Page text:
Oakland, Berkeley, And East Bay News, Events, Restaurants, Music, & Arts
Have to respond to Kevin K, who makes some excellent points, but may actually need to visit some of the bars/shops mentioned in this piece.
I agree that espresso is way down on the brewing method totem pole when it comes to revealing the full dimension of truly great coffee (competitions like Cup of Excellence, designed to discover the best coffee from a particular origin, would never use espresso as the brewing method to judge coffee quality). Espresso brewing is good for creating what I like to call “coffee beverages” (basically, brewed coffee with extra things added: milk, sweeteners, flavors, etc.). These can have their place in a good bar when prepared by thoroughly-trained and well-practiced baristas, but they need to be marketed and seen for what they are, and properly distinguished from what they are not. Drinking a “coffee beverage” is NOT the same as drinking coffee, which is simply coffee extracted with water, and nothing else. Those of us who have been lucky enough to experience it, know that great coffee is wonderfully complete on its own. It has sweetness, so it needs no sugar. It has body, so it needs no cream. It has any number of flavor notes, so it needs no chocolate or fruity syrup.
The sad truth is that most people in the world haven’t had the opportunity to try great coffee. This is because the majority of the coffee grown throughout the world is really bad, and most of the rest is mediocre. This explains why many roasters roast it so dark (essentially burning it to hide flaws) and consumers load it with cream and sugar (to make it palatable). There is, however, a small but growing number of farmers producing coffee with extraordinary flavor and nuance (similar to great wine).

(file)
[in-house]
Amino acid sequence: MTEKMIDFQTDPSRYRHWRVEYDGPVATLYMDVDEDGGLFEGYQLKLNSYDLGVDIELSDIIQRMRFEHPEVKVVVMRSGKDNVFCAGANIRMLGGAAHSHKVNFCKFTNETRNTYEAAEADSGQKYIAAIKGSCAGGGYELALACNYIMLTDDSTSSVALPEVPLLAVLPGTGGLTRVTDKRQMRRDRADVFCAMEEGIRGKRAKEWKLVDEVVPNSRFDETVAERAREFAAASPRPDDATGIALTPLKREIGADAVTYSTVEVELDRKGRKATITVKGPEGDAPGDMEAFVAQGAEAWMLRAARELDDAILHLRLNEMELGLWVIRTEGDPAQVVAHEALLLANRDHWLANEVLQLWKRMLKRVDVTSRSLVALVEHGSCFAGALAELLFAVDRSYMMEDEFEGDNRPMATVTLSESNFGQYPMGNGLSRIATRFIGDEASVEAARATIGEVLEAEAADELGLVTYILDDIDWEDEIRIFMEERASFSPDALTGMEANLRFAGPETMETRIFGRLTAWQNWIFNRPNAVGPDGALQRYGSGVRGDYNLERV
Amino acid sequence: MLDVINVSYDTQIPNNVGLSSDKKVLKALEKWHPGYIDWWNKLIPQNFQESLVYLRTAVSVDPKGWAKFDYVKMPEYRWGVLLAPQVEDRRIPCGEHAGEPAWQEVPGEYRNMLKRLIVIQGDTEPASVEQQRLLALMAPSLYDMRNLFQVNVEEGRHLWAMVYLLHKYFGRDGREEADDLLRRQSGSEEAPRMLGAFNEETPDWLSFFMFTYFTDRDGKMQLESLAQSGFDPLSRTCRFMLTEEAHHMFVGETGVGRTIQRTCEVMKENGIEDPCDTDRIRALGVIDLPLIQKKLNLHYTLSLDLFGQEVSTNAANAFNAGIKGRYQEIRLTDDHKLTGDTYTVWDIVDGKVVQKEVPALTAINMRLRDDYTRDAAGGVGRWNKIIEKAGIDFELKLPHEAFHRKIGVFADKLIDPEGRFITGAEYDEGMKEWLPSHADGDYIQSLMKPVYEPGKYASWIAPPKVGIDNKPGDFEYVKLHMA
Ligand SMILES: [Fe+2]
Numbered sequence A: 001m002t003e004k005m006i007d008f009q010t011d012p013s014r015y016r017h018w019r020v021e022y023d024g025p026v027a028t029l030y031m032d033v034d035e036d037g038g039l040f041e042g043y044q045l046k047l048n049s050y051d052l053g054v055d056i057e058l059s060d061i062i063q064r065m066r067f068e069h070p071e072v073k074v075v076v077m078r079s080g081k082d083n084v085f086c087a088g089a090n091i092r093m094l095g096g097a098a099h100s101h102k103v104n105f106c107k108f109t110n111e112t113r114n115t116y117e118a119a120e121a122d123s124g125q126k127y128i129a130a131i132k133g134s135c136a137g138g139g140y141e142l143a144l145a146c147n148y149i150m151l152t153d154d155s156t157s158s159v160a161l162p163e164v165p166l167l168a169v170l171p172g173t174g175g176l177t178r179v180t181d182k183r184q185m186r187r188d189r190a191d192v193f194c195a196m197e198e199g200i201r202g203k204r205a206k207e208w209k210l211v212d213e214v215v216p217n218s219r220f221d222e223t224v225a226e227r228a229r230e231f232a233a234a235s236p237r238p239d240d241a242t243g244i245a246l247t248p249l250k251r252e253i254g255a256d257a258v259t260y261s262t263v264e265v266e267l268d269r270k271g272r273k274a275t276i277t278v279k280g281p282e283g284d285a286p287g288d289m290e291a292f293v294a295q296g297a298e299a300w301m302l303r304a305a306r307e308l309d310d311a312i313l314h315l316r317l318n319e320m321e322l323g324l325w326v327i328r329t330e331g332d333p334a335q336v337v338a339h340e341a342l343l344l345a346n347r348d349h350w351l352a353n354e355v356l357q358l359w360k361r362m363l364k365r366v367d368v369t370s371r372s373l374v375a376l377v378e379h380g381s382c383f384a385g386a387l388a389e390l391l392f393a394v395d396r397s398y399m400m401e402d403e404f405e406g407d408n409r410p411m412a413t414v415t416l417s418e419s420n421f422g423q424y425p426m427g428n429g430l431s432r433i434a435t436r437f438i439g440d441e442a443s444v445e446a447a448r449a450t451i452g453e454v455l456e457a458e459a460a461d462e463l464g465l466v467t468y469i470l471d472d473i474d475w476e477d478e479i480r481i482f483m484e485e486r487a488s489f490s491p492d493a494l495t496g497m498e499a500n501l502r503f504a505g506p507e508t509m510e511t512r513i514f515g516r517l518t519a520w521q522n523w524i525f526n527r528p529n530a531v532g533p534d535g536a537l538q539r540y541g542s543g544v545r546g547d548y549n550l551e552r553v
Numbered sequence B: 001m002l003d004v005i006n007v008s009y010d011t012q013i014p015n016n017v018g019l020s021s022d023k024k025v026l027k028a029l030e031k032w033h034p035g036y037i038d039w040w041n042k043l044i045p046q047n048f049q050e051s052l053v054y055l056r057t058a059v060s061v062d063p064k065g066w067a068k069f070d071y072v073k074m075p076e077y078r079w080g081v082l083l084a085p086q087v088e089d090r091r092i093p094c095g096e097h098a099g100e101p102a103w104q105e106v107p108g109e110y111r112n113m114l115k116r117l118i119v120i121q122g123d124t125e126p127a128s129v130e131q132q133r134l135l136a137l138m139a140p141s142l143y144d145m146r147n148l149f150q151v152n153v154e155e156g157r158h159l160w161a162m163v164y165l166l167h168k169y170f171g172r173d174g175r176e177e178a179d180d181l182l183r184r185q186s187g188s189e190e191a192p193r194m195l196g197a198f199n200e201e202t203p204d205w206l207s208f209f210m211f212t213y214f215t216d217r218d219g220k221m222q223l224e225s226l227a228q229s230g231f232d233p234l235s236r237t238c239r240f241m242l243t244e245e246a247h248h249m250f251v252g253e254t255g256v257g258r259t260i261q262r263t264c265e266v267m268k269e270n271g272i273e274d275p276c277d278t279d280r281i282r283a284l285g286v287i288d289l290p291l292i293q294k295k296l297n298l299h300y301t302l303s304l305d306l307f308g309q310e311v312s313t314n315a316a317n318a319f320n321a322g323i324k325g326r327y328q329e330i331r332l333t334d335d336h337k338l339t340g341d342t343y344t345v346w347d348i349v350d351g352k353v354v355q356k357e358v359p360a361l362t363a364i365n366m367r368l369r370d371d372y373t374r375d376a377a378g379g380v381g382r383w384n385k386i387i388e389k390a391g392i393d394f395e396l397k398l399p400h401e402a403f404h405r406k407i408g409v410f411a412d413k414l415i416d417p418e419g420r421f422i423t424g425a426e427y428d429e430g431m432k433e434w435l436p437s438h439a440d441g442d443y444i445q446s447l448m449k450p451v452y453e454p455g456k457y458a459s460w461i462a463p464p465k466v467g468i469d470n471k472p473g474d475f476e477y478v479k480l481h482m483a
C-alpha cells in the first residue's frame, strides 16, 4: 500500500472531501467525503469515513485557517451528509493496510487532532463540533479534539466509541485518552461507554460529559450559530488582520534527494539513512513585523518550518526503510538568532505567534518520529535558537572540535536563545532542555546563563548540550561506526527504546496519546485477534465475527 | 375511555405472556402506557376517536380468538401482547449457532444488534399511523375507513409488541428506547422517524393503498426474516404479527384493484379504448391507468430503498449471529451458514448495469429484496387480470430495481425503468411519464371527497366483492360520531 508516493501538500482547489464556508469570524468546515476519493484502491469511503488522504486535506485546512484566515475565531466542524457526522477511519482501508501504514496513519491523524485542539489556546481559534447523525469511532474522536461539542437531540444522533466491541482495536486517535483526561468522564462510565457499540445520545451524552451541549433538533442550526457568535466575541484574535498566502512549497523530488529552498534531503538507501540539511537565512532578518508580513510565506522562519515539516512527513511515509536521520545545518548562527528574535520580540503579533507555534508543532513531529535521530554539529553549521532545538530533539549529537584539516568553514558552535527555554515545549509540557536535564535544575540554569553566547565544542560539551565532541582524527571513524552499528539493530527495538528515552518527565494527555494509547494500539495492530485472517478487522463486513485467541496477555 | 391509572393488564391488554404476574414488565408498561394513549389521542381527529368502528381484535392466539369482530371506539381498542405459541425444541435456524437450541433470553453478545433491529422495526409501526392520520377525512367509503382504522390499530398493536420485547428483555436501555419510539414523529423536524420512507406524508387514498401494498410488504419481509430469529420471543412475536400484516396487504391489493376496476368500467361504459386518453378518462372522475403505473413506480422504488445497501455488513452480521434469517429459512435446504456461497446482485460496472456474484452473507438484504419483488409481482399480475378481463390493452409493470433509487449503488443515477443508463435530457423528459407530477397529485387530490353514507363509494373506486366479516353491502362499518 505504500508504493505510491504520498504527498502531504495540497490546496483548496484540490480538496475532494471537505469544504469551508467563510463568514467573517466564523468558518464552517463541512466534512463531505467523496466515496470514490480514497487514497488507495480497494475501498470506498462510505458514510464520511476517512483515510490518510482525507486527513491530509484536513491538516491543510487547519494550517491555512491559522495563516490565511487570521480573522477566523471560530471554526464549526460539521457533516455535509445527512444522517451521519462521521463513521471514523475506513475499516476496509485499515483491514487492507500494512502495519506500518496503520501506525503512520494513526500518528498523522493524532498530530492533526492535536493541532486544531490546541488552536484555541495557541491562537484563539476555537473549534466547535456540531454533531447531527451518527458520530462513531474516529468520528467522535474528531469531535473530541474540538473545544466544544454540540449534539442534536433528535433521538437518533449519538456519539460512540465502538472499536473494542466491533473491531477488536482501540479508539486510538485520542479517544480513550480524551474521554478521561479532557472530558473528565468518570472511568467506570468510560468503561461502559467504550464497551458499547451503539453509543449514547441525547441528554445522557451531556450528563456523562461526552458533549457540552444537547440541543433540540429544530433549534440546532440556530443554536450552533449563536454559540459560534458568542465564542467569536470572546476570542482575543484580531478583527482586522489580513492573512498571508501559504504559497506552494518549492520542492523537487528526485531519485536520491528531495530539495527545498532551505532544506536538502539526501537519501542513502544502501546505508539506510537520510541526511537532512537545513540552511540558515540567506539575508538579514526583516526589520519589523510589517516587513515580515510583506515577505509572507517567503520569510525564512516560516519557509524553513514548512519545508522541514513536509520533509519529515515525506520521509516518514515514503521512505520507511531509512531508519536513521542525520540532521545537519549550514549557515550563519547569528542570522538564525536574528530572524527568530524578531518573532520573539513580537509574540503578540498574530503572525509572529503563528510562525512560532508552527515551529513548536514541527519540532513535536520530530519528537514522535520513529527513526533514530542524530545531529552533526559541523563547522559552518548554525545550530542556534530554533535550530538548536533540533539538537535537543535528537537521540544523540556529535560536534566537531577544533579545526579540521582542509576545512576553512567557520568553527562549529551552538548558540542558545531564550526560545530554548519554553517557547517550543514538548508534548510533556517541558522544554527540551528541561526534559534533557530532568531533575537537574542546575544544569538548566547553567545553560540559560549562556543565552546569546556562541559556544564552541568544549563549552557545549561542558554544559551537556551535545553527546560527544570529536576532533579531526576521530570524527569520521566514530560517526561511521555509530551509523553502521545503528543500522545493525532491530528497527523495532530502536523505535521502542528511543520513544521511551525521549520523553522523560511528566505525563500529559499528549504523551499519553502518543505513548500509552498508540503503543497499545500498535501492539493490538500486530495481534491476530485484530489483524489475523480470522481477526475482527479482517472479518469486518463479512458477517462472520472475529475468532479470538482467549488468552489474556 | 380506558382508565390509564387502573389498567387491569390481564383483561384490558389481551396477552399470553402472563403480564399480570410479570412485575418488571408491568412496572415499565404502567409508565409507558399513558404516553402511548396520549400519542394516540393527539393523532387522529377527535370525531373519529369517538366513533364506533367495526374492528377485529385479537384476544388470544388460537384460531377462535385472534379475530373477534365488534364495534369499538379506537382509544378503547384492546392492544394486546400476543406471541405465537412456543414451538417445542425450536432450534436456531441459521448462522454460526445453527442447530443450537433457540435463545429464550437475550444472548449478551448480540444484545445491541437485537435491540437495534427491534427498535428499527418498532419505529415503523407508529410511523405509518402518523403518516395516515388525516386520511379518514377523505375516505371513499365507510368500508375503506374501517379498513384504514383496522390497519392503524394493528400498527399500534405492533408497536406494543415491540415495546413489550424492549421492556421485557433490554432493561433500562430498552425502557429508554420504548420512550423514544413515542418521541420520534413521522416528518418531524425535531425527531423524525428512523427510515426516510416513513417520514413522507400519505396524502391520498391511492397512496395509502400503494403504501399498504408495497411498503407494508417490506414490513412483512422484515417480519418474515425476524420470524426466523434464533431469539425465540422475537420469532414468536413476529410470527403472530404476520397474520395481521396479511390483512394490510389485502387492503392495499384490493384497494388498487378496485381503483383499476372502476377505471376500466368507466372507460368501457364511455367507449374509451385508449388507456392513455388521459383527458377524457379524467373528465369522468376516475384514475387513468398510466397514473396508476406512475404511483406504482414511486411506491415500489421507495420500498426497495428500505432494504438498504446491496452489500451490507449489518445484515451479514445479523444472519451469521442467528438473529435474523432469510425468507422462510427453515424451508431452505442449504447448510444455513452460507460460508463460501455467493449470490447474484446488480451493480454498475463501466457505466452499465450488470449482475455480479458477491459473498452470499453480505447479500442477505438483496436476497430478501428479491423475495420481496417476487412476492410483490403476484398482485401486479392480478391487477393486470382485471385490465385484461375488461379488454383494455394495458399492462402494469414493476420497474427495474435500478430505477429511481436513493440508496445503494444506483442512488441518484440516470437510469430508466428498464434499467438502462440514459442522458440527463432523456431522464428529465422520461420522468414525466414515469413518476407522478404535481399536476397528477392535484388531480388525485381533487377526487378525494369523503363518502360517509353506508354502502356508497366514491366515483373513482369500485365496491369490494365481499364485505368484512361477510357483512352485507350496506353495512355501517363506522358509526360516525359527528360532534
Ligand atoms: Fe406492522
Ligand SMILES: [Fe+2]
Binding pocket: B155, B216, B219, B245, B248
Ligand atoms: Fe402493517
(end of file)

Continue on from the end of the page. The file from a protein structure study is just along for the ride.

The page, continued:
The roasters and their associate coffee bars mentioned in this article, in fact, ARE finding these growers, working closely with them, and paying top dollar for genuine quality. Stumptown (Portland) does do great work with sourcing, but Flying Goat (Healdsburg) and Ritual (SF) also have equally strong relationships with producers and go to great lengths to nurture them. They are all working with growers who are producing coffee quality far and above what existed 20 years ago.
As for the “taste of place” desired by Mr. K, it is a shame that the article focused so much on the “cult” of espresso, because most of the “3rd Wave” retail shops mentioned in this piece offer awesome single farm coffees brewed to drink as “coffee.” Ritual, Flying Goat and 4 Barrel serve press-brewed, Local 123 offers individual drip pour-over, Remedy serves clover-brewed and Site Glass offers individual Chemex.
I’d like to invite Kevin K to visit some of these shops. He would definitely like what he sees, and tastes.
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